Login to LibApps

Holidays and Cultural Observances: Jewish Holidays and Observances

Alphabetical listing of major observances

Descriptions taken from www.interfaith-calendar.org/

Jewish Holidays and Observances

Kosher restrictions apply: Jewish dietary guidelines which apply daily throughout the year.  These restrictions include pork, shellfish (fish is allowed) and mixing meat with dairy.


Individuals may require time away from campus for travel and observance. Note that all Jewish holidays begin the evening before the date specified  on most calendars. This is because a Jewish "day" begins and ends at sunset,  rather than at midnight


Hanukkah — Festival of Lights. It commemorates the Maccabean recapture and rededication of the Jerusalem Temple in 165-164 b.c.e. Special readings and praise songs focus on liberty and freedom. The eight candle Menorah is lighted


Rosh Hashanah — Jewish New Year. A time of introspection, abstinence, prayer and penitence. The story of Abraham is read, the ram's horn is sounded, and special foods are prepared and shared.

Avoid scheduling important academic deadlines, events or activities. Food accommodations should be made for events.


Passover — 8-day celebration of the deliverance of the Jews from slavery in Egypt. The story of the Exodus is recounted, and the ongoing struggle of all peoples for freedom from internal and external tyranny is celebrated. A special meal is a central feature. Also called Pesach.

Avoid scheduling important academic deadlines, events or activities. Food accommodations should be made for events. Besides Kosher restrictions, the use of leavening is prohibited; matzah is eaten in place of bread. 


Purim — celebration of the deliverance of the Jewish minority in Persia from genocide. Charity to the poor, sharing food with friends, and vigorous merrymaking mark the observance.


Simchat Torah — day to celebrate the reading of the Law. Synagogue services involve readings, processions and blessing of the children.

Avoid scheduling important academic deadlines, events or activities. Food accommodations should be made for events.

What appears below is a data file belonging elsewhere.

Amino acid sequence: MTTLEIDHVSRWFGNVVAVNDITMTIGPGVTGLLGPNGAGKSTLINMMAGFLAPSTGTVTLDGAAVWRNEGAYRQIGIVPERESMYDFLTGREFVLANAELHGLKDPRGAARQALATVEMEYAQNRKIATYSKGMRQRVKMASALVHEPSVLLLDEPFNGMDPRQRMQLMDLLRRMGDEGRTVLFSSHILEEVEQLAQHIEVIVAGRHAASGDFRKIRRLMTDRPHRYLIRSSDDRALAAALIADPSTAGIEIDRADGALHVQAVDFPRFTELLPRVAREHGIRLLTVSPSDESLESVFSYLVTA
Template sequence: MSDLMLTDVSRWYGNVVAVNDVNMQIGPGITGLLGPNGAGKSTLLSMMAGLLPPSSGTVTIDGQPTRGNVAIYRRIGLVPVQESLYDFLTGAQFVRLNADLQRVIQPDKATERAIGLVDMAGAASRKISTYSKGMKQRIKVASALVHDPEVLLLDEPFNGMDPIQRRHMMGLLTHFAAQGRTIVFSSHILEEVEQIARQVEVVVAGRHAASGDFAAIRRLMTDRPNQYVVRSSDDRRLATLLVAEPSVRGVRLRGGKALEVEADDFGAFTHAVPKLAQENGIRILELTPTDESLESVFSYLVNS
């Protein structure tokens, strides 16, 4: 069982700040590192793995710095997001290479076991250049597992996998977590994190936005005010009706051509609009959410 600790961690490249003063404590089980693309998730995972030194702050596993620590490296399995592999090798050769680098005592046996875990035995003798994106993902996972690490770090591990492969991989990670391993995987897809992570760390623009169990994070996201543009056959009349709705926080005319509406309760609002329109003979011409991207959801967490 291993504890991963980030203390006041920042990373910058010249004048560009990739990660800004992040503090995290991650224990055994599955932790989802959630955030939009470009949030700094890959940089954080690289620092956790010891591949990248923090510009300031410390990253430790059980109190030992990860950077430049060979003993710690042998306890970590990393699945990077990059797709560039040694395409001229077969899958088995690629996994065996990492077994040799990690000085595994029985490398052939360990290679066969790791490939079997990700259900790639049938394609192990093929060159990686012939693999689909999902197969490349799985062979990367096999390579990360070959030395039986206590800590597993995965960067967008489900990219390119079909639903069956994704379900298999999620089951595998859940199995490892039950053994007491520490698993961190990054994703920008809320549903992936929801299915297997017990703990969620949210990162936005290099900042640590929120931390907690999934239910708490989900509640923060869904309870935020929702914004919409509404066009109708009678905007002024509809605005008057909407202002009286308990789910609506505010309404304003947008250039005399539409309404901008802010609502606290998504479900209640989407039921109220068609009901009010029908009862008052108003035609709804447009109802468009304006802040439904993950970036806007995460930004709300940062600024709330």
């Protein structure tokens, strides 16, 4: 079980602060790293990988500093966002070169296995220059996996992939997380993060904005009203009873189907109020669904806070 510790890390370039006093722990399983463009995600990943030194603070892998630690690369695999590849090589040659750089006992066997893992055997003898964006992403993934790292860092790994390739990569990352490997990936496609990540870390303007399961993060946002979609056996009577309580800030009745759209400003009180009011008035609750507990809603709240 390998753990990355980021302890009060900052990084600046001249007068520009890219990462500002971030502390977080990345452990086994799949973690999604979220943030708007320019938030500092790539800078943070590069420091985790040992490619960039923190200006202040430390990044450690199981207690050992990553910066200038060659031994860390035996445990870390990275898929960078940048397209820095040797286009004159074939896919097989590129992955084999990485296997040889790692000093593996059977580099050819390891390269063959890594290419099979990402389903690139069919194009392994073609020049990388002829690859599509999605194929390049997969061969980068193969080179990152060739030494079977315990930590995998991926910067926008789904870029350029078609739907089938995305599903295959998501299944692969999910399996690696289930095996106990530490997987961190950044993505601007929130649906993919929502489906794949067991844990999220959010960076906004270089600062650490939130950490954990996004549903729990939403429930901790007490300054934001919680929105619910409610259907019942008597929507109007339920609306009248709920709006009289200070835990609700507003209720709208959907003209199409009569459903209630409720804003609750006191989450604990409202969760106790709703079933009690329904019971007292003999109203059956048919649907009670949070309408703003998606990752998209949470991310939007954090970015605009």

Shemini Atzeret -- completion of the annual cycle of reading of the Torah.

Avoid scheduling important academic deadlines, events or activities. Food accommodations should be made for events.


Shavuot --celebration of Moses' descent from Mt Sinai with the ten commandments. Plants and flowers are used in decorations.

Avoid scheduling important academic deadlines, events or activities. Kosher restrictions apply but it is customary to eat dairy.


Sukkot — Feast of Tabernacles which celebrates the harvest and the protection of the people of Israel as they wandered in the wilderness dwelling in tents. Temporary dwelling places have leaves for a roof so the sky can be seen. In temperate climates, night is spent in the Succoth.

Avoid scheduling important academic deadlines, events or activities. Food accommodations should be made for events.


Yom Hashoah — Holocaust Day. The day has been established to remember the six million Jews killed by the Nazis in 1933-45. It is observed by many non-Jews as well.


Yom Kippur — Day of Atonement. This holiest day of the Jewish year is observed with strict fasting and ceremonial repentance.

Avoid scheduling important academic deadlines, events or activities and after a day of fasting.

For more information

Credits

This guide is produced in partnership with the ASU Committee for Campus Inclusion (CCI), and The Council of Religious Advisors  (CORA).  The Committee for Campus Inclusion is an advisory group to the provost, promoting a positive, harmonious campus environment that celebrates individual and group diversity, promotes individualism, provides information to the campus community, and resolves issues in such a manner as to respect all persons and their dignity. For more information, please visit our website at https://inclusion.asu.edu/committee-campus-inclusion. Questions or additions to this resource can be submitted at https://inclusion.asu.edu/contact-committee-campus-inclusion.

The Council of Religious Advisors is comprised of campus ministries and faith-based organizations that represent a diverse variety of faiths, traditions, and beliefs. Despite the differences in faiths that exist between them, the group works peacefully and diligently on behalf of the university community to provide religious services, spiritual counseling, education, support, and opportunities for involvement.


This page owes a great thanks to: 

Holly Hubenschmidt

Director, Library Instruction & Research Services

Webster University Libraries

Ms.  Hubenschmidt created the original LibGuide and template on which this guide is based. 

 

The ASU Library acknowledges the twenty-three Native Nations that have inhabited this land for centuries. Arizona State University's four campuses are located in the Salt River Valley on ancestral territories of Indigenous peoples, including the Akimel O’odham (Pima) and Pee Posh (Maricopa) Indian Communities, whose care and keeping of these lands allows us to be here today. ASU Library acknowledges the sovereignty of these nations and seeks to foster an environment of success and possibility for Native American students and patrons. We are advocates for the incorporation of Indigenous knowledge systems and research methodologies within contemporary library practice. ASU Library welcomes members of the Akimel O’odham and Pee Posh, and all Native nations to the Library.